While Hill never released a proper follow-up to The Miseducation..., and has become one of the more reclusive stars in the genre, she remains a rap goddess and one of the most influential rap artists of all-time, with an album that continues to help push the culture forward, as evidenced by its inclusion into the Library of Congress in 2005.

In celebration of the 20-year anniversary of its release, REVOLT TV spoke to three women in hip-hop about their favorite memories of discovering The Miseducation of Lauryn Hill, its status as an undisputed classic, and how it helped alter the playing field for women in rap.


Lexxy: All I could think of was, wow, this is the most amazing way for an artist to explain learning about life and love. I remember being so captivated by her voice and every song seemed to be so raw and unorthodox.

Ill Camille: I remember my pops and I hit VIP [Music] on Slauson [Ave]. He bought me a copy and himself a copy; we ain't wanna share [laughs]. Just seeing the cover alone, I took it in and felt some sort of connection to it before I even pressed play. Me and pops liked to drive around and listen to music and we must have driven around for about three run-backs worth of The Miseducation. Then to hear other people bumpin' it too as we rolled around? Yeah, everybody was tapping in.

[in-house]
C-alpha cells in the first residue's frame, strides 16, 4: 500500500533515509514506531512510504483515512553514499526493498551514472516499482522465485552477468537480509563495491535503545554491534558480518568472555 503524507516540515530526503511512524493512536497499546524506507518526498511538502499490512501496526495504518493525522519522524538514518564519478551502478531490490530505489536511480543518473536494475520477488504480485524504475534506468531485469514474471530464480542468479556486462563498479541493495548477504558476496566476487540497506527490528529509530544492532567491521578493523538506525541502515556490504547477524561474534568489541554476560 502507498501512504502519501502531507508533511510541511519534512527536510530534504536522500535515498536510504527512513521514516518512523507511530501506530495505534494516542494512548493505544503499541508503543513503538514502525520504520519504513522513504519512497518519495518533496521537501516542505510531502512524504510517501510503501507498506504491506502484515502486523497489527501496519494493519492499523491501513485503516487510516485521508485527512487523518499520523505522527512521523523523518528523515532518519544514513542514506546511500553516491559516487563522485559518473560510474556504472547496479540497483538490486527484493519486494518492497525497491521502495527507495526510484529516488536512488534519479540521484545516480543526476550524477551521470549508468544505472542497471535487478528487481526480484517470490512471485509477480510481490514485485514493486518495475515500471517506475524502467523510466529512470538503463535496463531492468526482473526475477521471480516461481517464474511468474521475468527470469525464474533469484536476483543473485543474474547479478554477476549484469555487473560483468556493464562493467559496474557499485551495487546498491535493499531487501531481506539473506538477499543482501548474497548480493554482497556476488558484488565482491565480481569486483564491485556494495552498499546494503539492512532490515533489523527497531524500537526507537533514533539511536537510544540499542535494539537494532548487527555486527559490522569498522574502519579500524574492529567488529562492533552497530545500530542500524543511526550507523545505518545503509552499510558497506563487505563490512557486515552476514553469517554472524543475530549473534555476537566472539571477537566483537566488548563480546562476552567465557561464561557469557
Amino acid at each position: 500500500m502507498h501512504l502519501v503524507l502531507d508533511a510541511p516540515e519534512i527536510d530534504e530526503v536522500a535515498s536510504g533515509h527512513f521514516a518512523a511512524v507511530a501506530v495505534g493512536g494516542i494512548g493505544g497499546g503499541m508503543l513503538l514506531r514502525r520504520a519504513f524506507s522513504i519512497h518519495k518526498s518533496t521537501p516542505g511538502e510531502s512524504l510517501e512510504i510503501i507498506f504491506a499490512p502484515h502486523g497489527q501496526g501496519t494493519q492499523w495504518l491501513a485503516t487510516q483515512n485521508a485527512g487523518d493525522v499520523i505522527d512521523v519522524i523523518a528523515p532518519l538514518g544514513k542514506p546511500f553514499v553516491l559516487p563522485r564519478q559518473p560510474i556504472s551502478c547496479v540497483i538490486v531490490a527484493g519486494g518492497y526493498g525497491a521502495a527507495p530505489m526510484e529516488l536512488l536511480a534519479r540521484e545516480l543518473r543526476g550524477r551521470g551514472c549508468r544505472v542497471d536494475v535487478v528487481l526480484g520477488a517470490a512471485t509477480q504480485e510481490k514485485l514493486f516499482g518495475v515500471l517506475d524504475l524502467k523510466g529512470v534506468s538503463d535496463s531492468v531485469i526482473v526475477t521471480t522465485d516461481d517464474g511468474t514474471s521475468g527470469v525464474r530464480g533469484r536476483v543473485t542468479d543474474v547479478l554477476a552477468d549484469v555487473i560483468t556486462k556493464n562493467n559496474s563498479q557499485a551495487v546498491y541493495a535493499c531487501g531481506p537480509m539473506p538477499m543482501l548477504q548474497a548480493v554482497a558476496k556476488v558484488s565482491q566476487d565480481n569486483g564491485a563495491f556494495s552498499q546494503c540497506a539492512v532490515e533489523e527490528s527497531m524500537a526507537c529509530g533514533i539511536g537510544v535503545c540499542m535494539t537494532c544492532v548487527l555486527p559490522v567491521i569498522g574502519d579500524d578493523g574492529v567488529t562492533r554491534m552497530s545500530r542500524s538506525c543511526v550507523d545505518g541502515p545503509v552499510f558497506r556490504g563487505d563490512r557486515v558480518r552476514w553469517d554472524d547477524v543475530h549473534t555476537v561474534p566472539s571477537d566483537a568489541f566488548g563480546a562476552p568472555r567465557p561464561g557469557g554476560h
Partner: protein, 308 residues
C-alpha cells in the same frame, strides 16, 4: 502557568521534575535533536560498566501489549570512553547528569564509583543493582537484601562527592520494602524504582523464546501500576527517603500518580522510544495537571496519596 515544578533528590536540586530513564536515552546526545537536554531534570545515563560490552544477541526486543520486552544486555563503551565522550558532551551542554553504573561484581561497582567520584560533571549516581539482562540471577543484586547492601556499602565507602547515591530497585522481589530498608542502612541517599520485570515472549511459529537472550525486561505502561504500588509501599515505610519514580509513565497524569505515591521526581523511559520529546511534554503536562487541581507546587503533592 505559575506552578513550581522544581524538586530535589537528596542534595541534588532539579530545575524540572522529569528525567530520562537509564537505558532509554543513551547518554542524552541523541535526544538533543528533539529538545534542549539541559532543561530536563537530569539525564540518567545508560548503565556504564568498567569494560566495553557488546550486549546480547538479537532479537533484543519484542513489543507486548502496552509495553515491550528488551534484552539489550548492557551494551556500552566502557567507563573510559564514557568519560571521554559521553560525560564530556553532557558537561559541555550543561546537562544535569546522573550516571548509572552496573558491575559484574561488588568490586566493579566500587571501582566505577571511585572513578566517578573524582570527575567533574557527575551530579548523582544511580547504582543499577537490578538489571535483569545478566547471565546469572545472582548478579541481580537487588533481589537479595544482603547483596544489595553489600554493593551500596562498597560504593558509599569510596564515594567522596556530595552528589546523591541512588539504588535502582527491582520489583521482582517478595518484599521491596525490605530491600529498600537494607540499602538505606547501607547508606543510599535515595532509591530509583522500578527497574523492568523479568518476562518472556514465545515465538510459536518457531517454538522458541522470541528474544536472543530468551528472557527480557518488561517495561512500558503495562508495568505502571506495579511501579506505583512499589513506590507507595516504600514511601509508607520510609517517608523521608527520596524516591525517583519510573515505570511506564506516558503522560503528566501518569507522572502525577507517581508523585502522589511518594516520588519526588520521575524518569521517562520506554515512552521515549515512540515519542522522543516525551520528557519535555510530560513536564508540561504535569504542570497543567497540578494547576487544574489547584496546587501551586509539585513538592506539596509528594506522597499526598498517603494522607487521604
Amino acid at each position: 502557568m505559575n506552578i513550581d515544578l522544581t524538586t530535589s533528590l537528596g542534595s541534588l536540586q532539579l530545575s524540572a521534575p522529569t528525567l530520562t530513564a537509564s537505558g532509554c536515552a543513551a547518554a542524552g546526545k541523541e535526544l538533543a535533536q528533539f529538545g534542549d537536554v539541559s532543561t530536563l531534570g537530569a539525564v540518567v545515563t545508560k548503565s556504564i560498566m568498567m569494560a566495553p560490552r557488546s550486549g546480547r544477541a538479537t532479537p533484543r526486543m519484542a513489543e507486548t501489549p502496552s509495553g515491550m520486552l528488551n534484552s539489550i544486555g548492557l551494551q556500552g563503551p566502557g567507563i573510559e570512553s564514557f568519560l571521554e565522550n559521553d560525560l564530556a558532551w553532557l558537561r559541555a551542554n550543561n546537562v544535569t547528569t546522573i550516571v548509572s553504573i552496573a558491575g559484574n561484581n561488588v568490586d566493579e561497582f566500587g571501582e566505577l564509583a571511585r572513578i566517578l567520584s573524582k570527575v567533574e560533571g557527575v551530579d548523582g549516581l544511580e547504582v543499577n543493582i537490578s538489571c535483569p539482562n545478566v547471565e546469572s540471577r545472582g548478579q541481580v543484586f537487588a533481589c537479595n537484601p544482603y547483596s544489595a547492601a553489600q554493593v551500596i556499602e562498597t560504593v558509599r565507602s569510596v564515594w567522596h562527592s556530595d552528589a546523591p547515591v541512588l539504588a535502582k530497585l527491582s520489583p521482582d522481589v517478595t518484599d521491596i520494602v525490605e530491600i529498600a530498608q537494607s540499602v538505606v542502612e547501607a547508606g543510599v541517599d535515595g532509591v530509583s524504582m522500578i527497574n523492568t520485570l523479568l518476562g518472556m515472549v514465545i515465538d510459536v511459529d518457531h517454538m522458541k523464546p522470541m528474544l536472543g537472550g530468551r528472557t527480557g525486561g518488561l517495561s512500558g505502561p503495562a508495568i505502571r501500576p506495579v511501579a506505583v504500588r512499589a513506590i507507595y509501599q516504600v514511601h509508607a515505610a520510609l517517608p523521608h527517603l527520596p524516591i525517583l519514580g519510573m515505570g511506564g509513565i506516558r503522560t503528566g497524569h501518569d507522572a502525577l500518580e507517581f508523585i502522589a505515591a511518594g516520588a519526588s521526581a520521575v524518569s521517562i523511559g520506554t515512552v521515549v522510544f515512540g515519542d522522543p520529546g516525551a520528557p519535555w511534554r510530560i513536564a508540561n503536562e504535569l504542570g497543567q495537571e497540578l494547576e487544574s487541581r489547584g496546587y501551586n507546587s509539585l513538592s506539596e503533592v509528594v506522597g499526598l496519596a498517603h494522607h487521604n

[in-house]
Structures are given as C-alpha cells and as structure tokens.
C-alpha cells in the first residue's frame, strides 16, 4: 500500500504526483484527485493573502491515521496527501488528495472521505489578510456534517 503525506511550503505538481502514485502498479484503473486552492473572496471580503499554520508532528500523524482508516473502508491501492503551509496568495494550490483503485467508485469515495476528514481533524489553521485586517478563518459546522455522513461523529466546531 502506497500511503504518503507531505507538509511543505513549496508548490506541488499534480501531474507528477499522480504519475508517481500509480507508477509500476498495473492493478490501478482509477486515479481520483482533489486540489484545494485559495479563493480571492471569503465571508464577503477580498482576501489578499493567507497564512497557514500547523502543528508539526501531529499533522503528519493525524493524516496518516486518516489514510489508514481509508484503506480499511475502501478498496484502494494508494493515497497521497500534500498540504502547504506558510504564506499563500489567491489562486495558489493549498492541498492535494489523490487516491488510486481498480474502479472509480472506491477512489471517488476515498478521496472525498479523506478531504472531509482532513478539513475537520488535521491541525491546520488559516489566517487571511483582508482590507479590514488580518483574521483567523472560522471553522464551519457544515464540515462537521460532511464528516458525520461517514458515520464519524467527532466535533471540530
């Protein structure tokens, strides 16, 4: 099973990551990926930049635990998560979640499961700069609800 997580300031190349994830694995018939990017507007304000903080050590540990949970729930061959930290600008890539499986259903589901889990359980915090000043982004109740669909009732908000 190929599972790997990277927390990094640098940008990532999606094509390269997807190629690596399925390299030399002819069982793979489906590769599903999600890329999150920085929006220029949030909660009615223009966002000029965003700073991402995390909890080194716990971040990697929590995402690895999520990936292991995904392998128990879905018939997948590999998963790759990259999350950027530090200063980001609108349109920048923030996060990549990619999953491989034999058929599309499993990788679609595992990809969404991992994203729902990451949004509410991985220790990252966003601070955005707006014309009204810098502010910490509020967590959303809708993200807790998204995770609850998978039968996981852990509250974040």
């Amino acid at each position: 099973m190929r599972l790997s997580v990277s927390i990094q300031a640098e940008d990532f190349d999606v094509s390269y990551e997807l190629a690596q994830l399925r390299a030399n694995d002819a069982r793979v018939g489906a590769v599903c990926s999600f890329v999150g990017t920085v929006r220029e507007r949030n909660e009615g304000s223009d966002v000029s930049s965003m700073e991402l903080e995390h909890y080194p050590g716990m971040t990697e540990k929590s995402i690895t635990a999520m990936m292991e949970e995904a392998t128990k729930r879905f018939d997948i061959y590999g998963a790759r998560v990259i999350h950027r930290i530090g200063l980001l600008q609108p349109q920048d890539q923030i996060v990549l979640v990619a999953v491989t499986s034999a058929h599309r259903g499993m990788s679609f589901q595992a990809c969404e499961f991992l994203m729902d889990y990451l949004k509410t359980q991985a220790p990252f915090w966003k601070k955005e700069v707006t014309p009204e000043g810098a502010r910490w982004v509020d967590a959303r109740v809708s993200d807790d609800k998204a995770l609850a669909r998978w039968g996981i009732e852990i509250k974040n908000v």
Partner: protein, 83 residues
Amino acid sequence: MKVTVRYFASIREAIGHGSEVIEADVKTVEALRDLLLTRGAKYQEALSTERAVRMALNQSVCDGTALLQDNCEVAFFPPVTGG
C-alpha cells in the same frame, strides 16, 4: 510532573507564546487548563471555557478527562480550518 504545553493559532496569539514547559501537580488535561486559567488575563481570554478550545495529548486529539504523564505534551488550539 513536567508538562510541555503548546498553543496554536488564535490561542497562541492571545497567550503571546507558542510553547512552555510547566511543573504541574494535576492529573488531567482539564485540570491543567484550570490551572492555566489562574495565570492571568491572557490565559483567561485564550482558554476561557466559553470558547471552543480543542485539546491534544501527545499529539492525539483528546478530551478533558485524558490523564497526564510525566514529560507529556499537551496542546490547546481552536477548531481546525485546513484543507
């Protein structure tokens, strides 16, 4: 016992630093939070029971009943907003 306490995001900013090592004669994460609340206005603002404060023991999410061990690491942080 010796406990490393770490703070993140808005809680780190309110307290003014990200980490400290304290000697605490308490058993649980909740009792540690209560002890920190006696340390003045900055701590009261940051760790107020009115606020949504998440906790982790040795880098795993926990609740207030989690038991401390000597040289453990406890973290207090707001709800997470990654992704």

Connie Diiamond: I was very young at the time that "Doo-Wop" song stuck to me the most. My aunt would constantly play it Saturday mornings while cleaning and that is when I heard the entire album. It was very refreshing, and I honestly couldn't believe how talented she was. Normally, guys take the limelight, but around this time she was definitely the talk of the town .


Lexxy: I have so many favorites, but if I had to pick what song has a special place in my heart: "To Zion." This song touches me so much. [It's about] the unpopular decision to have a child as a woman when others think you have so much life in front of you. She talks about the feeling about having a child and how she's completely filled with joy despite what others told her. Even the ending vocals, her high notes, add so much depth to this song and the meaning beyond. Even the skit at the end, it was so perfect!